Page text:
It's a Mustang Fastback, Jim, but not as we know it. Well, not quite. The Mach 1 is a nameplate that stretches back to 1969, when the Mustang was but four years old as a model. It has come to be synonymous with the concept that it is a slightly faster, slightly more focused variant that manages to remain relatively affordable to the masses - leaving the dearer Shelby-tuned GT350 and GT500 models to do the full mental Mustang thing.
The Mach 1 also has a modern-day legacy, because it is from this derivative of the 'real' Mustang that Ford adapted the name for the fully electric Mach-E.
So, with more than 300,000 Mach 1s sold across 52 years and various generations (it has always been a limited-run model, not a widely available version of the Ford icon), the company believes the moment is right to bring it back for the 2020s. And what's special about this new one is that it's the first time we've ever officially had the Mach 1 in Europe. Is the new Mach 1 the Pony Car to put in your stable?
In the Metal:
It is reasonably easy to spot the new Mustang Mach 1. It is only available as a 'Fastback' coupe, so no dreams of doing a track-day in the Convertible Mach 1, people.
Anyway, the Mach 1 can generate up to 22 per cent more downforce than a Mustang GT, and so the front end is sleeker with a different arrangement of grille, bumper and lower air intakes. The Mach 1 also has a large splitter as part of its aero pack.
The most unusual feature are those two blanked-off circles in the main radiator grille - they're not there in error, but rather they're pop-out panels if an owner fancies fitting some aftermarket lamps to make the 2021 Mach 1 look more like the 1969 version.
Obviously, you might have noticed the Mach 1 has its own, bespoke body colours and stripe graphics, further denoting its status as the top-dog of European Mustangs, while the 19-inch five-spoke alloys are reminiscent of, yes, the wheels fitted to the original version from the sixties.
On the front wings are 'Mach 1' emblems, a feature repeated on the black panel between the idiosyncratic taillights at the back of the car - where it replaces either the galloping pony (four-cylinder) or GT (5.0 V8) logos of the regular line-up.
You might also spot a small lip spoiler on the boot, which contributes to the increased downforce, as well as the rear diffuser borrowed from the US-only Shelby Mustang GT500 and a set of quad tailpipes that are larger (4.5 inches for each exit) than those on the normal 5.0-litre model. Overall, the Mach 1 looks fabulous on the outside; purposeful, without being needlessly overblown.
Inside, Ford's gone the other way by hardly changing the 5.0-litre GT's cabin whatsoever. There's an anodised metal look to the instrument cluster and a few 'Mach 1' logos here and there, as well as a bespoke passenger-fascia plaque denoting the model and its individual number in the limited-build run.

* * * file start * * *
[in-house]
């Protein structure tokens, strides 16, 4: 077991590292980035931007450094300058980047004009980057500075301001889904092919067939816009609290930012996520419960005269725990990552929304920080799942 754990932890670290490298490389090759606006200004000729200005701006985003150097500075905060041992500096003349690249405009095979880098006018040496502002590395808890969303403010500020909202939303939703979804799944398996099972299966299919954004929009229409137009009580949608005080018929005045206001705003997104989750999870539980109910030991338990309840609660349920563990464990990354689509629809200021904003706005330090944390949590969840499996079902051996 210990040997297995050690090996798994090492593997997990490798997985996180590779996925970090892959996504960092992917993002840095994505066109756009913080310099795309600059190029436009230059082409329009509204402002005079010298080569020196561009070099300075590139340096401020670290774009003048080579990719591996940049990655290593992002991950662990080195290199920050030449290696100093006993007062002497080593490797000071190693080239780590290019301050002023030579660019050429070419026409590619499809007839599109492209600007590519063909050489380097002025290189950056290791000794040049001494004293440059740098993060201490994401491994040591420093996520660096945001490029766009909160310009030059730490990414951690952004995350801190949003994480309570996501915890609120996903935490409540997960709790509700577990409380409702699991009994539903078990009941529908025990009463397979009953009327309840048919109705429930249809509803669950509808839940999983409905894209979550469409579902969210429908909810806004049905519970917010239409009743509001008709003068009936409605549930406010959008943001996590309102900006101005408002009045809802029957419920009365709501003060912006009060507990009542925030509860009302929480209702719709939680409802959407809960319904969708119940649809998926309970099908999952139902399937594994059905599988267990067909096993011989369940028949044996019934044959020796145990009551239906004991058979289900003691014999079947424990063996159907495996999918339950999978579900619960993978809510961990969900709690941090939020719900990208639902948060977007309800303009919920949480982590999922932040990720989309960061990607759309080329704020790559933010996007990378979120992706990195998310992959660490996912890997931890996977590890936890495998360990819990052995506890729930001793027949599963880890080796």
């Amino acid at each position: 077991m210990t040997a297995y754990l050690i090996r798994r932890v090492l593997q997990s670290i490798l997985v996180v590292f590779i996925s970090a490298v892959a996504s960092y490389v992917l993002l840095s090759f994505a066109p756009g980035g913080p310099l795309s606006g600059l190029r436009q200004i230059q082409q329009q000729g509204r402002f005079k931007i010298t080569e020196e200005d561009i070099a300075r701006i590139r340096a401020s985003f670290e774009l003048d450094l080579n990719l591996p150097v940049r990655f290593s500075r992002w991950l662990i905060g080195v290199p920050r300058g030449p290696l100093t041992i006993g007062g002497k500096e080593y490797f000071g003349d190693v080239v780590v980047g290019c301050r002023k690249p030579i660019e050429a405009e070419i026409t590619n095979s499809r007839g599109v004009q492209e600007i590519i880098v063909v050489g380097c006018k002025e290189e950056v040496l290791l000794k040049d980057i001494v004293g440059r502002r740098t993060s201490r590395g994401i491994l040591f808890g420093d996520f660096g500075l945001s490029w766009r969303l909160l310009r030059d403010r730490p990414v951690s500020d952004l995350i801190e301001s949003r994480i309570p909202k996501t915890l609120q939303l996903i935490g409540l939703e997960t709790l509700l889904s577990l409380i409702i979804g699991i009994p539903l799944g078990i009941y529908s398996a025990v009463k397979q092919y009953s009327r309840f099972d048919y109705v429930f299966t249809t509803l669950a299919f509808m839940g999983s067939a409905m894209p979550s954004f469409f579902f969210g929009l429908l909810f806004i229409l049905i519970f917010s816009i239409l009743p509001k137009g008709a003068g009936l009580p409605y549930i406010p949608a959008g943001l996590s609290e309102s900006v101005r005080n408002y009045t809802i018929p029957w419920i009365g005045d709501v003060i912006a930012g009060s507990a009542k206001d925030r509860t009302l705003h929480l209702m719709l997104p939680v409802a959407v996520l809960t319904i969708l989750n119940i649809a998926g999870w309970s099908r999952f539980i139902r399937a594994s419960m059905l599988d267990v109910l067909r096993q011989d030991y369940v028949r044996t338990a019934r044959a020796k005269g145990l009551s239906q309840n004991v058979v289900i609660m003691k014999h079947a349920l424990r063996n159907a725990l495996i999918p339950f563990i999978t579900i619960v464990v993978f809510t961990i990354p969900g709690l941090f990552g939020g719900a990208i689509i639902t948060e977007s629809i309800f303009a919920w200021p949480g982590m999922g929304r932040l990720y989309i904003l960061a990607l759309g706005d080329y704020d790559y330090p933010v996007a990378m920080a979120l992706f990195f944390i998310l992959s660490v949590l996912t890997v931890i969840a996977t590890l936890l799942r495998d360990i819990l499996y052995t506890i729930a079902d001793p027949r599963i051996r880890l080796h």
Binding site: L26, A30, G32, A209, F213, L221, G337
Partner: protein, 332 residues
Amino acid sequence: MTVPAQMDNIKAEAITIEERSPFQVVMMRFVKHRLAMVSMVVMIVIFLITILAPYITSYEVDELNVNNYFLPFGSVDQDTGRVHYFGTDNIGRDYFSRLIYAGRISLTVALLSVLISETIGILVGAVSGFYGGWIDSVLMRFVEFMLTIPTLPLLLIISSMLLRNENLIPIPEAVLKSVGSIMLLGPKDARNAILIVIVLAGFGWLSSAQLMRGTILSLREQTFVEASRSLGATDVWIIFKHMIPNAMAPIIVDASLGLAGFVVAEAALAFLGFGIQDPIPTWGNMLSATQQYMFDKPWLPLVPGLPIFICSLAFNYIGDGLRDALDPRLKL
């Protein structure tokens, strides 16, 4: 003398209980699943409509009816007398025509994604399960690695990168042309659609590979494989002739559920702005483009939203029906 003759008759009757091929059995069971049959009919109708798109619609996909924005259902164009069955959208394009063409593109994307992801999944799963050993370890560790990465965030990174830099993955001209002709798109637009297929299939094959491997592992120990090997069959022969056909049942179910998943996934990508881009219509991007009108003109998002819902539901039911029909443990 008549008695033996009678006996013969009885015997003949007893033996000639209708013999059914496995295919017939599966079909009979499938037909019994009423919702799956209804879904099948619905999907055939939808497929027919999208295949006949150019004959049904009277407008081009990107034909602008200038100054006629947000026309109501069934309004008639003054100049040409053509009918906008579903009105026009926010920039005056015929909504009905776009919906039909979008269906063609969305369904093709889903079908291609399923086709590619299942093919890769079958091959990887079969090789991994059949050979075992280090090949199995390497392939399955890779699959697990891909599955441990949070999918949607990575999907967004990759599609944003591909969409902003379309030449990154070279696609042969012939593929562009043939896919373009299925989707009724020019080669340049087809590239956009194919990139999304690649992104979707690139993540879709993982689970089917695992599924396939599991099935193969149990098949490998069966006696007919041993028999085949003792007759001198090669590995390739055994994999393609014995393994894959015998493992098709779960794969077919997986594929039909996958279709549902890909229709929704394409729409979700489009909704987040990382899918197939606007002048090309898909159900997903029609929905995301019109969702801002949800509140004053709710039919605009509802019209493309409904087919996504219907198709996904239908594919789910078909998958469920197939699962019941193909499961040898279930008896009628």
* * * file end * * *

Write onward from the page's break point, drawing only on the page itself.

But it is otherwise as per the regular Fastback, which is no bad thing to these eyes although there are those who think the Mustang's interior is a little bit cut-price compared to the cabins found in the elite German opposition. Anyway, aside from that consideration, it's all good.
The new Mustang Mach 1 uses the 'Coyote' 5.0-litre V8 from the regular GT, only fitted with an 'Open Air Induction System', intake manifold and 87mm throttle bodies from the Shelby Mustang GT350 model (again, this being a car that's only available to Ford North America customers).
Recalibrated engine management software and special fuel injection (that combines both port and direct injection for low- and high-pressure work respectively) liberates an extra 30hp from the V8, for a peak of 480hp.
Except... here in Europe, we don't get the 480hp Mach 1. We get a 460hp/529Nm state of tune instead; hardly shameful numbers, and in fact they're shared with the special Mustang Bullitt that is no longer on sale, but it's a pity we can't have the full-fat model. Still, it's a bit faster than the regular Mustang 5.0, running 0-100km/h in 4.6 seconds, around three-tenths quicker, and going on to a 267km/h top speed.
But to suggest the Mach 1 is just an incredibly modest power upgrade for the big American bruiser is doing this particular Mustang a grotesque disservice. Aside from the big wheels, on grippy Michelin Pilot Sport 4S tyres, and the improved aero we've already mentioned - including an extended undertray to give better airflow beneath the car - there are significant drivetrain and chassis updates to bolster the Mach 1 package further.